Why I am a Jew

I recently had my genetic ancestry analyzed by a new company that seems to have better reputation than most. The results were spot on! The disposition to certain weakenesses and diseases they listed were right on target; their description of many aspects of my physical appearance were also on target! And then there was the ancestry analysis...

According to this genetic analysis, I am 83.3% Jewish; 13.8% Italian; 1.4% Spanish, and the rest a large number of very small percentages including Chinese Han, Peruvian, Russian, Senegalese and Scandinavian. So faced with the reality that my genetic make up has a number of "ad-ons" I could ask myself the question why I am a Jew? In reality, regardless of what the numbers say I define myself as 100% a Jew. And here is why...

I am a Jew because I remember my great grandmother (mother of my maternal grandfather) who was a strong presence in my life while growing up. She was born in Ukraine and lost her husband Moishe (my great grandfather) a few years after arriving in Argentina. She raised her five children on her own (including my grandfather). In spite of the harsh life she had, she made sure that her children were Jewishly educated; that they knew about the holidays and they understood Yiddish. I'll get to the case of my grandfather later on. At my Bar Mitzvah we took a photo of her surrounded by all of us, her great grandchildren -a photo I always cherished because it reminds me of her.

I am a Jew because my maternal grandfather showed me the value of being a fighter for Social Justice, and since he was a Yiddish Journalist and Linotypist he also taught me the love of Yiddish, and to appreciate it as a living language. He also taught me the value of living up to one's principles. The family lore goes that years before I was born, he got into trouble with the (first) Peron administration for believing that Argentina was a Democracy and for speaking out about it as a journalist.

I am a Jew because of the story of my maternal grandmother, who survived a pogrom at the age of 10 and, rescued by HIAS, was eventually sent to an orphanage in Buenos Aires, where she met my grandfather. The story of her survival was one I learned one piece at a time when she slipped and talk about it. Mostly she kept it to herself. But she was always willing to entertain all her grandchildren... and cook her famous "Varenikes" (Pierogies) every time we came together with my cousins at her house.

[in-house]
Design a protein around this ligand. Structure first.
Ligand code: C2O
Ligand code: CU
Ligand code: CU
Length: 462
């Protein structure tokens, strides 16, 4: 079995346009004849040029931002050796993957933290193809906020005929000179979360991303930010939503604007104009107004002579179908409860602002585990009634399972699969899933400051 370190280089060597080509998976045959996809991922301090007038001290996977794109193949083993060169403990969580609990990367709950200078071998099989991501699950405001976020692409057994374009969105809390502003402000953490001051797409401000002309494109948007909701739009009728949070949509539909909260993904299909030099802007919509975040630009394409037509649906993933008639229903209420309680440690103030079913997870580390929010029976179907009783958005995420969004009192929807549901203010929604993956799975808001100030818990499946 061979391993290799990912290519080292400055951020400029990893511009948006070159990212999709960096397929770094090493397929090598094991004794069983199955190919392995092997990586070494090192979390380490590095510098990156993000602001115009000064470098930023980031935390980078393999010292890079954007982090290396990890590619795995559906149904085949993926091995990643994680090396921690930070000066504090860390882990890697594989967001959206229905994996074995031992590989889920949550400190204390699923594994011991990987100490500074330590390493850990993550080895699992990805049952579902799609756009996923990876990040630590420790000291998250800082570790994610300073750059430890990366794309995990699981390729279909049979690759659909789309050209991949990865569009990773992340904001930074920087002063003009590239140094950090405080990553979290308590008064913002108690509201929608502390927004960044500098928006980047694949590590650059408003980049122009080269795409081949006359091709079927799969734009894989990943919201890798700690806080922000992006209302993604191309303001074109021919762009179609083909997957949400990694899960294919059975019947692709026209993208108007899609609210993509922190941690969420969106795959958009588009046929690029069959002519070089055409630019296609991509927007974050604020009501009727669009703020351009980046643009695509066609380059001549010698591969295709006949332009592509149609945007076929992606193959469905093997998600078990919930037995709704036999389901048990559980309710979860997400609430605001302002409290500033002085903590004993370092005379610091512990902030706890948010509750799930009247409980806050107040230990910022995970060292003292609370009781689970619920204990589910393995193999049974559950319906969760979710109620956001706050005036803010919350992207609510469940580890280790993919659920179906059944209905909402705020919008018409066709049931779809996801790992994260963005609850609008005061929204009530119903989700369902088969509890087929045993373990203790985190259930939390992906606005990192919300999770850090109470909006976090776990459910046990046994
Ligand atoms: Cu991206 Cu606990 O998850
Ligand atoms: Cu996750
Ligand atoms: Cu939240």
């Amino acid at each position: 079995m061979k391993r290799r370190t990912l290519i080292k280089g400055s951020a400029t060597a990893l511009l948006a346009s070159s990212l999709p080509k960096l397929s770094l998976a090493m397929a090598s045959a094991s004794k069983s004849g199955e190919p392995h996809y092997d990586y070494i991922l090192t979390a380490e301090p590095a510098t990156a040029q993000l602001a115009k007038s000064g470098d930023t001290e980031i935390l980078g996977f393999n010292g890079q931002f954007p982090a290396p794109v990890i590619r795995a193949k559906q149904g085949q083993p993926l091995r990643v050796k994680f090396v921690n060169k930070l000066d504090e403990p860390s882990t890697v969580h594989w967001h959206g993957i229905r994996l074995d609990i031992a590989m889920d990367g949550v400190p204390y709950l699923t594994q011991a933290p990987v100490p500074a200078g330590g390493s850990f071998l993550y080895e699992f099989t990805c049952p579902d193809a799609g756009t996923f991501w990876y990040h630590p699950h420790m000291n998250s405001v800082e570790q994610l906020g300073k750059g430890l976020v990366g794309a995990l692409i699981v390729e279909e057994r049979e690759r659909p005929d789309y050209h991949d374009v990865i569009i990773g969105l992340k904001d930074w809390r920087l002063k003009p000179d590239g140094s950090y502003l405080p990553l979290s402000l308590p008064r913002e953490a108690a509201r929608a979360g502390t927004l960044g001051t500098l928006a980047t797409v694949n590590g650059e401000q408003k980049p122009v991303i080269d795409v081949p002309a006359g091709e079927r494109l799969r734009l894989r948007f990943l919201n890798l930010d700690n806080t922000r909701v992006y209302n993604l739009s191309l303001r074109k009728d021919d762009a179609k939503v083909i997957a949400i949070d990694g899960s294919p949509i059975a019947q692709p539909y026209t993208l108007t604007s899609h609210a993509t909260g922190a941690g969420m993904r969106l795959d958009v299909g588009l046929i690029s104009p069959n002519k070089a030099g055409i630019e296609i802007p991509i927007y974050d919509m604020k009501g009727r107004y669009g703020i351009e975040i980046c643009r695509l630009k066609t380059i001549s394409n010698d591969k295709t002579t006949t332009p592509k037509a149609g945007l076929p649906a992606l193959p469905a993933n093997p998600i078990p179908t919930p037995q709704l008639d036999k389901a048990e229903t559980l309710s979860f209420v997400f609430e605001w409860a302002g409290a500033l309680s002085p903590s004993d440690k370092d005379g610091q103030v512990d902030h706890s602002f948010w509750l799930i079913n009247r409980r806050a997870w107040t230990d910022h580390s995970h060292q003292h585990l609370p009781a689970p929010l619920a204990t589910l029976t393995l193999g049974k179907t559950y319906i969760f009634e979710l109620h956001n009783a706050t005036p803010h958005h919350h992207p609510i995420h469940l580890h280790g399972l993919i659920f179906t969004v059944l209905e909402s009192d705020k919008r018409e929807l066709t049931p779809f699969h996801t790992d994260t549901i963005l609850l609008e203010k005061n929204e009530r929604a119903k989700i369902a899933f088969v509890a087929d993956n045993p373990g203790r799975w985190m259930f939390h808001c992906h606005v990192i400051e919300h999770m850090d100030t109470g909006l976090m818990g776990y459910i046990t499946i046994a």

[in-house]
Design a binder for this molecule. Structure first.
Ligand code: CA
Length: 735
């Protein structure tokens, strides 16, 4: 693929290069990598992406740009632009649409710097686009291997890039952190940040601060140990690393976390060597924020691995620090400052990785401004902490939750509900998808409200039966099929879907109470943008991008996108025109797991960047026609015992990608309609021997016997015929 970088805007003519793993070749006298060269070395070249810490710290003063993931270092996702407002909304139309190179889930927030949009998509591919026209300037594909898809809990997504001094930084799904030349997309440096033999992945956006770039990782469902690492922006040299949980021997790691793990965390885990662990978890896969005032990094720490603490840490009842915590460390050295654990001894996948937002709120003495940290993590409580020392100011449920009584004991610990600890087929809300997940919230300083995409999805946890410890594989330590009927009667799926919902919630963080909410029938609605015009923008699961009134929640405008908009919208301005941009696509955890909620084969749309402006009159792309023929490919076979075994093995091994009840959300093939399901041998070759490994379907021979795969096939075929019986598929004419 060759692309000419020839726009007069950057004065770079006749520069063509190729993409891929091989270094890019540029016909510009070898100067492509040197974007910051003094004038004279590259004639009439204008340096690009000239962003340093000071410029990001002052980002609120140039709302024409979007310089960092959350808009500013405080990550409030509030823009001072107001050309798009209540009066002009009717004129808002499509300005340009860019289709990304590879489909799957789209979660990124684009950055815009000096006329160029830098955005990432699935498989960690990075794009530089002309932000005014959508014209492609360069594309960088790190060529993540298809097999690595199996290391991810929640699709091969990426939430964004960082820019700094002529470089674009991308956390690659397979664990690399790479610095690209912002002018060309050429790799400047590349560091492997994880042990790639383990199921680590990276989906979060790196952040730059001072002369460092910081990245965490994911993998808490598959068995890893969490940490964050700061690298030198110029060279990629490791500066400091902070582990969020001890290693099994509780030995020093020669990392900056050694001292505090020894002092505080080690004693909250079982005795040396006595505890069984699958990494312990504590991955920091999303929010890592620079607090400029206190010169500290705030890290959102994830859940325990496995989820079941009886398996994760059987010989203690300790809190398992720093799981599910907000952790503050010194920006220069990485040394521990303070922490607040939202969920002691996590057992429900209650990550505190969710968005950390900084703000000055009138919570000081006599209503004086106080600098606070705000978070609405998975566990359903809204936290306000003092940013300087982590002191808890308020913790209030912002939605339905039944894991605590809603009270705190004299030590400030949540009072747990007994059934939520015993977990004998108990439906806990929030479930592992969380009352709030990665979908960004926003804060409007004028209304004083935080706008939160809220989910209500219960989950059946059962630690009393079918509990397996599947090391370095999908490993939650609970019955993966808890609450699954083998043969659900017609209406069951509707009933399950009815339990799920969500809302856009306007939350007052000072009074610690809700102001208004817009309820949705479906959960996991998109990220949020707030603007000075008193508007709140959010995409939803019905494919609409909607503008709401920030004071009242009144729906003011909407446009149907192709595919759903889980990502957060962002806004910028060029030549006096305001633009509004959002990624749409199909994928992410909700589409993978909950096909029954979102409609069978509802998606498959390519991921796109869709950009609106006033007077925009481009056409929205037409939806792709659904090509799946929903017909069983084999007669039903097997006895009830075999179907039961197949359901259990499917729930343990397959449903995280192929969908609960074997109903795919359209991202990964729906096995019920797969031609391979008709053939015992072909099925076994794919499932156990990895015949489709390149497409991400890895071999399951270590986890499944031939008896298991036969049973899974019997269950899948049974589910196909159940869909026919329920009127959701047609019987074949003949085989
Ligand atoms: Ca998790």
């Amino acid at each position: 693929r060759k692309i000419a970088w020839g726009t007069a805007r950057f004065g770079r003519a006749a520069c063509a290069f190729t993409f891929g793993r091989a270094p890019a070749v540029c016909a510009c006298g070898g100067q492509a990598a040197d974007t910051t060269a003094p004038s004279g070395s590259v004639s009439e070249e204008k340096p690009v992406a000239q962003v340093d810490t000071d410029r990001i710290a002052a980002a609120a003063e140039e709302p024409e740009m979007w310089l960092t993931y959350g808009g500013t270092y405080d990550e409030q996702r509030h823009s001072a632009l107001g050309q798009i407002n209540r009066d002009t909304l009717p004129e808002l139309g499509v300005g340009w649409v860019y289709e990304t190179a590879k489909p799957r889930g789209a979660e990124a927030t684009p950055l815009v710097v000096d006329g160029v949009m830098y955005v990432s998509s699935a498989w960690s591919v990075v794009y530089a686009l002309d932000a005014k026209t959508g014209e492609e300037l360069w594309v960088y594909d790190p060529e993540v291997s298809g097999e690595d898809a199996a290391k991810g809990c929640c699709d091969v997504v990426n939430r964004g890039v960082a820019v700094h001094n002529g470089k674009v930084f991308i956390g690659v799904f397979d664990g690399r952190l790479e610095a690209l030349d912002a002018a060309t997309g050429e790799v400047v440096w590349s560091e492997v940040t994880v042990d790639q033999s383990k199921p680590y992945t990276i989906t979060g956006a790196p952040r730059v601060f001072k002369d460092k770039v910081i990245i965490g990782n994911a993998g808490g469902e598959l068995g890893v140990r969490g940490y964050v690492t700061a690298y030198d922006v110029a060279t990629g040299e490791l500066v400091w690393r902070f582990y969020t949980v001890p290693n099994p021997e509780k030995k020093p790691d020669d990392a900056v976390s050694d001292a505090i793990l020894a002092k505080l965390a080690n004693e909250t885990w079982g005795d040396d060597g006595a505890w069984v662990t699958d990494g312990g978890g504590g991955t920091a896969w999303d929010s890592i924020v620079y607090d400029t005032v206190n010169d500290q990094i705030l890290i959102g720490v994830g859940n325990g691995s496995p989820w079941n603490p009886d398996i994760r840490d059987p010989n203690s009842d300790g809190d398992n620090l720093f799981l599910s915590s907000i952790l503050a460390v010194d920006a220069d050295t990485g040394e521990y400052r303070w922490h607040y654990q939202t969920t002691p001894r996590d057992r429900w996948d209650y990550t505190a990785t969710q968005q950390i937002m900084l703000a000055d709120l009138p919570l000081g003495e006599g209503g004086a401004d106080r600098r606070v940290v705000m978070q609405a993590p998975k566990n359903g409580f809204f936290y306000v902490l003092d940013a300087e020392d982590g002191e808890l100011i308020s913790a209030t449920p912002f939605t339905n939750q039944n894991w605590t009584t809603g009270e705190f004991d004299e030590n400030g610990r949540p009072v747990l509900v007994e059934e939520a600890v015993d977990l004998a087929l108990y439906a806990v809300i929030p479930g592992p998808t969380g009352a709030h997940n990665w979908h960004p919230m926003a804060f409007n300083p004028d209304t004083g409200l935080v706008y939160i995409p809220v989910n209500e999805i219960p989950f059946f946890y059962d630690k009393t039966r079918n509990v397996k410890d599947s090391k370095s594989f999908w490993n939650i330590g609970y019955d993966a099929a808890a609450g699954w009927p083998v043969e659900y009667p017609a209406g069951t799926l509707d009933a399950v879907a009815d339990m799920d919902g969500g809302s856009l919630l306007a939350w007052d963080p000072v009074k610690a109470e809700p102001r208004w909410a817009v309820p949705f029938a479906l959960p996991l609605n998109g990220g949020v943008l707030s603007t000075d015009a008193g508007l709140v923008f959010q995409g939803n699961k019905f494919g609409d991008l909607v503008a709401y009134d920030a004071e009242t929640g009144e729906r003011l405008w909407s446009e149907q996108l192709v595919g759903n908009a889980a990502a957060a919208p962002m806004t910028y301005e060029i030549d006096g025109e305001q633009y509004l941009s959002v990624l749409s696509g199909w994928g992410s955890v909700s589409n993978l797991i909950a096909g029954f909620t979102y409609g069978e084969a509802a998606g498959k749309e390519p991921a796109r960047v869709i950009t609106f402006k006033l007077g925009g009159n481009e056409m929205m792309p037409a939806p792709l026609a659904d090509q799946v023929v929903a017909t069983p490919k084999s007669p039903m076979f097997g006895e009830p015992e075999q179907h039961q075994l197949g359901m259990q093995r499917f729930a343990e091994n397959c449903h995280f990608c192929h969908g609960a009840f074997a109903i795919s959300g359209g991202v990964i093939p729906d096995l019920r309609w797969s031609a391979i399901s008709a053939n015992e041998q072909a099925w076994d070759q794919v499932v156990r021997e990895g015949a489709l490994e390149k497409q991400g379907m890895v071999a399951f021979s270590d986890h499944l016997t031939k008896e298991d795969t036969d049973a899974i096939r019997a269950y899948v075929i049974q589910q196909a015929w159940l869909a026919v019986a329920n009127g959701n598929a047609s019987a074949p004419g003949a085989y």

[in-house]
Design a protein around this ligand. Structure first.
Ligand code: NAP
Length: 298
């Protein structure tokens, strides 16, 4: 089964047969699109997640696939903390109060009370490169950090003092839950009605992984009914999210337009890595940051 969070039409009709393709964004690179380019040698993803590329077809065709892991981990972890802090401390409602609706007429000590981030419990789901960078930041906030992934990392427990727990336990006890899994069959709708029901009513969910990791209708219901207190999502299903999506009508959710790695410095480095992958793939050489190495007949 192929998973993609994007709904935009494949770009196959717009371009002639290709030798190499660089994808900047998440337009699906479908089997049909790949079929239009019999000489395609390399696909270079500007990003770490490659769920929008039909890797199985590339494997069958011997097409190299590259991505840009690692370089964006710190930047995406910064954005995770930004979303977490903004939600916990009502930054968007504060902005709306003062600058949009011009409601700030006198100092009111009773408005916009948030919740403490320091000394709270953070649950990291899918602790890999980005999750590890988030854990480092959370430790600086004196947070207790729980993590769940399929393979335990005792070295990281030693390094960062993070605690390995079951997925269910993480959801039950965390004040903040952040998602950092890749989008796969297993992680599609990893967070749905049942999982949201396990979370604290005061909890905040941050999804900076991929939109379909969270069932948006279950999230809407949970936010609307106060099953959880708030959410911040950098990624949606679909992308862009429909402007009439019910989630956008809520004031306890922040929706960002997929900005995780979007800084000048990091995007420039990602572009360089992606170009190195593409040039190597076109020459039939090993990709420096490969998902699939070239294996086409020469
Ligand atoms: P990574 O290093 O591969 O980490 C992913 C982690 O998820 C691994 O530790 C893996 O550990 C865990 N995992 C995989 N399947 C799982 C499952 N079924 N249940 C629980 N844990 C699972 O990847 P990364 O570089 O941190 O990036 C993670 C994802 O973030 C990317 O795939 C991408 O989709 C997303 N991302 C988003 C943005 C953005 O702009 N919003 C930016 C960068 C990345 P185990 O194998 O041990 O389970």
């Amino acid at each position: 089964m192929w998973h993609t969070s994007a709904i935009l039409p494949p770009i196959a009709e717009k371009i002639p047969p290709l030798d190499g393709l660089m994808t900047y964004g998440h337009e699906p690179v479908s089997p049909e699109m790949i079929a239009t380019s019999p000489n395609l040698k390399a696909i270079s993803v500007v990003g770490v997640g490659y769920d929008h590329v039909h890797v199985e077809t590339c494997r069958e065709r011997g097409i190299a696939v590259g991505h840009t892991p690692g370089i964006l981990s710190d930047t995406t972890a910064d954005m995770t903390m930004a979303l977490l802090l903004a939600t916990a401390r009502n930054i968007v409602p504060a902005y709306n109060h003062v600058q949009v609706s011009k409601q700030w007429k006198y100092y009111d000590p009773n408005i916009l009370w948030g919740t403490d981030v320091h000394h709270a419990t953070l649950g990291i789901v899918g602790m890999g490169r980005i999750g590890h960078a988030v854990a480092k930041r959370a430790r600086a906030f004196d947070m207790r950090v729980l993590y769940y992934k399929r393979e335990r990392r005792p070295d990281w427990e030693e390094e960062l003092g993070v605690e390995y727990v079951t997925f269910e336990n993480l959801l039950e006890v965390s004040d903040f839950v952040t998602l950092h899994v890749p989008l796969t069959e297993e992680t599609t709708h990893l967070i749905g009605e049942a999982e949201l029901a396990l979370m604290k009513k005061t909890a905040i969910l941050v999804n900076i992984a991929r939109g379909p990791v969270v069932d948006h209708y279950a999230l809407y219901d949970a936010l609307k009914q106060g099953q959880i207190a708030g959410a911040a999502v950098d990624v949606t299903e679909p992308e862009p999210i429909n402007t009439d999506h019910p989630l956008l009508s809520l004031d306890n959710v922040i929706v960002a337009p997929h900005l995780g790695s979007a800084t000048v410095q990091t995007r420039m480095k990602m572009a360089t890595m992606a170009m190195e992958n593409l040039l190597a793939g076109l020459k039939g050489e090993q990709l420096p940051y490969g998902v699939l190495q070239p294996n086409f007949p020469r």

I am a Jew because of my Lithuanian paternal grandfather, who taught me the value of being openly proud of my identity. He also taught me to avoid a fight whenever I could, but never to back down when I couldn't. He taught me to face challenges head on and to persevere in the face of difficulties. He was (good) stubborn. He was also very principled... he refused to accept money as reparation for the assassination of his family by the Nazis because he considered it "blood money". He was also very charitable and he taught me the value of Tzedakah.

I am a Jew because of my paternal grandmother, who taught me the value of family and of memory. Not a memory of "I remember where I put my pen", but the kind of collective memory which makes the Jewish experience as vivid as if we ourselves were there every step of the way from Sinai on.

I am a Jew because of my parents, both Argentine-born, who brought together their Jewish identity and their life in Argentina. My father, while still in college, participated of a student rebellion against Peron and ended up for two weeks in jail, together with my older uncle. He also gave me my love of books and history. I am a Jew sbecause of  my mother, who became active very young in the HaShomer HaTzair and was always passionate about Zionism (both of my parents were in fact) and who also later in life became active in Hadassah. I am a Jew because both my parents showed me with their personal commitment to community and their dedication to organized Jewish life that being a Jew was important.

I am a Jew because of my own life experience, both negative (as in being persecuted) and positive (as in standing up as a Jew for my rights and the rights of others). I remember when we organized, with the Youth Zionist movement Dror where I was active, a mass demonstration in support of Israel at the time of the Ma'alot Massacre; over the years there were also demonstrations for Soviet Jewry, against Antisemitism, in support of Israel during the Yom Kippur War. I also remember standing side-by-side with my fellow Jews as part of broader demonstrations against the military government and in support of Democracy. I tried to put into action what I learned from my family. I am a Jew because I could not be anything else. I embrace the values, the history, the experience and the hopes of my people. And I consider myself very lucky to be able to work as a Jew for my people and for Justice for all. I thank God every day for the opportunity I was given.

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